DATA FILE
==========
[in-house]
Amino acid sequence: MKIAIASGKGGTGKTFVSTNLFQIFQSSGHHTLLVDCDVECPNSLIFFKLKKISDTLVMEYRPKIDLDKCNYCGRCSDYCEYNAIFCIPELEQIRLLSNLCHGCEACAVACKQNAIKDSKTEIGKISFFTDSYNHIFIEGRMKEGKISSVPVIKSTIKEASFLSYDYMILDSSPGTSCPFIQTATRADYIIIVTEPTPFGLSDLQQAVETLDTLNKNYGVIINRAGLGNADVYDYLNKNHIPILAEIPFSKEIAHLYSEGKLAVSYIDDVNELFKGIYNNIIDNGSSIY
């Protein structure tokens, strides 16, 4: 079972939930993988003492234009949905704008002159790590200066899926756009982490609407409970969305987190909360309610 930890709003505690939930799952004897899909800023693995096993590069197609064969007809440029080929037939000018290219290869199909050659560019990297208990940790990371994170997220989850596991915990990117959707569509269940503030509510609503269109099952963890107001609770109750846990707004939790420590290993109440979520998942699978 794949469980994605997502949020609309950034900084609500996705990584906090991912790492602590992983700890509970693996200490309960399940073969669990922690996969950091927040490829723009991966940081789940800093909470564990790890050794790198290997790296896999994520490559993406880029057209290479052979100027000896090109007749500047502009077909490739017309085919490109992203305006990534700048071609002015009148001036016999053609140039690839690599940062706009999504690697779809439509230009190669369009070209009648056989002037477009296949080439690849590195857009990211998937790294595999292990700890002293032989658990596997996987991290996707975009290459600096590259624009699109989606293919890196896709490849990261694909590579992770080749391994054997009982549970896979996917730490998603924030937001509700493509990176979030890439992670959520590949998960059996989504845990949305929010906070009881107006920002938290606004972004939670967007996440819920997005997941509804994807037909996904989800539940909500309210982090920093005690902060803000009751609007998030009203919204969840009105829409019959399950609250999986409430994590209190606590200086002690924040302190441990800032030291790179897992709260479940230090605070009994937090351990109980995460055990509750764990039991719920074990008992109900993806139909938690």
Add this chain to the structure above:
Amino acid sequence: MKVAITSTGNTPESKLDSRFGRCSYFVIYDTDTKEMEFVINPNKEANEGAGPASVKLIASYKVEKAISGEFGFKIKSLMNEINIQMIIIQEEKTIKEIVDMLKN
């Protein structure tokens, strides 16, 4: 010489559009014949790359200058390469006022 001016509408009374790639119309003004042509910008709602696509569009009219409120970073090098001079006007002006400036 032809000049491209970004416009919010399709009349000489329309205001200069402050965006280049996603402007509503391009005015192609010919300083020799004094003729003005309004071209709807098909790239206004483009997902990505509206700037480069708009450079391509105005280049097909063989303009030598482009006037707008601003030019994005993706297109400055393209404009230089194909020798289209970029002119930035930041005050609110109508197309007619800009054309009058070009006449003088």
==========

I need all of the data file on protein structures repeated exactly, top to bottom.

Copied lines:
[in-house]
Amino acid sequence: MKIAIASGKGGTGKTFVSTNLFQIFQSSGHHTLLVDCDVECPNSLIFFKLKKISDTLVMEYRPKIDLDKCNYCGRCSDYCEYNAIFCIPELEQIRLLSNLCHGCEACAVACKQNAIKDSKTEIGKISFFTDSYNHIFIEGRMKEGKISSVPVIKSTIKEASFLSYDYMILDSSPGTSCPFIQTATRADYIIIVTEPTPFGLSDLQQAVETLDTLNKNYGVIINRAGLGNADVYDYLNKNHIPILAEIPFSKEIAHLYSEGKLAVSYIDDVNELFKGIYNNIIDNGSSIY
């Protein structure tokens, strides 16, 4: 079972939930993988003492234009949905704008002159790590200066899926756009982490609407409970969305987190909360309610 930890709003505690939930799952004897899909800023693995096993590069197609064969007809440029080929037939000018290219290869199909050659560019990297208990940790990371994170997220989850596991915990990117959707569509269940503030509510609503269109099952963890107001609770109750846990707004939790420590290993109440979520998942699978 794949469980994605997502949020609309950034900084609500996705990584906090991912790492602590992983700890509970693996200490309960399940073969669990922690996969950091927040490829723009991966940081789940800093909470564990790890050794790198290997790296896999994520490559993406880029057209290479052979100027000896090109007749500047502009077909490739017309085919490109992203305006990534700048071609002015009148001036016999053609140039690839690599940062706009999504690697779809439509230009190669369009070209009648056989002037477009296949080439690849590195857009990211998937790294595999292990700890002293032989658990596997996987991290996707975009290459600096590259624009699109989606293919890196896709490849990261694909590579992770080749391994054997009982549970896979996917730490998603924030937001509700493509990176979030890439992670959520590949998960059996989504845990949305929010906070009881107006920002938290606004972004939670967007996440819920997005997941509804994807037909996904989800539940909500309210982090920093005690902060803000009751609007998030009203919204969840009105829409019959399950609250999986409430994590209190606590200086002690924040302190441990800032030291790179897992709260479940230090605070009994937090351990109980995460055990509750764990039991719920074990008992109900993806139909938690």
Add this chain to the structure above:
Amino acid sequence: MKVAITSTGNTPESKLDSRFGRCSYFVIYDTDTKEMEFVINPNKEANEGAGPASVKLIASYKVEKAISGEFGFKIKSLMNEINIQMIIIQEEKTIKEIVDMLKN
């Protein structure tokens, strides 16, 4: 010489559009014949790359200058390469006022 001016509408009374790639119309003004042509910008709602696509569009009219409120970073090098001079006007002006400036 032809000049491209970004416009919010399709009349000489329309205001200069402050965006280049996603402007509503391009005015192609010919300083020799004094003729003005309004071209709807098909790239206004483009997902990505509206700037480069708009450079391509105005280049097909063989303009030598482009006037707008601003030019994005993706297109400055393209404009230089194909020798289209970029002119930035930041005050609110109508197309007619800009054309009058070009006449003088």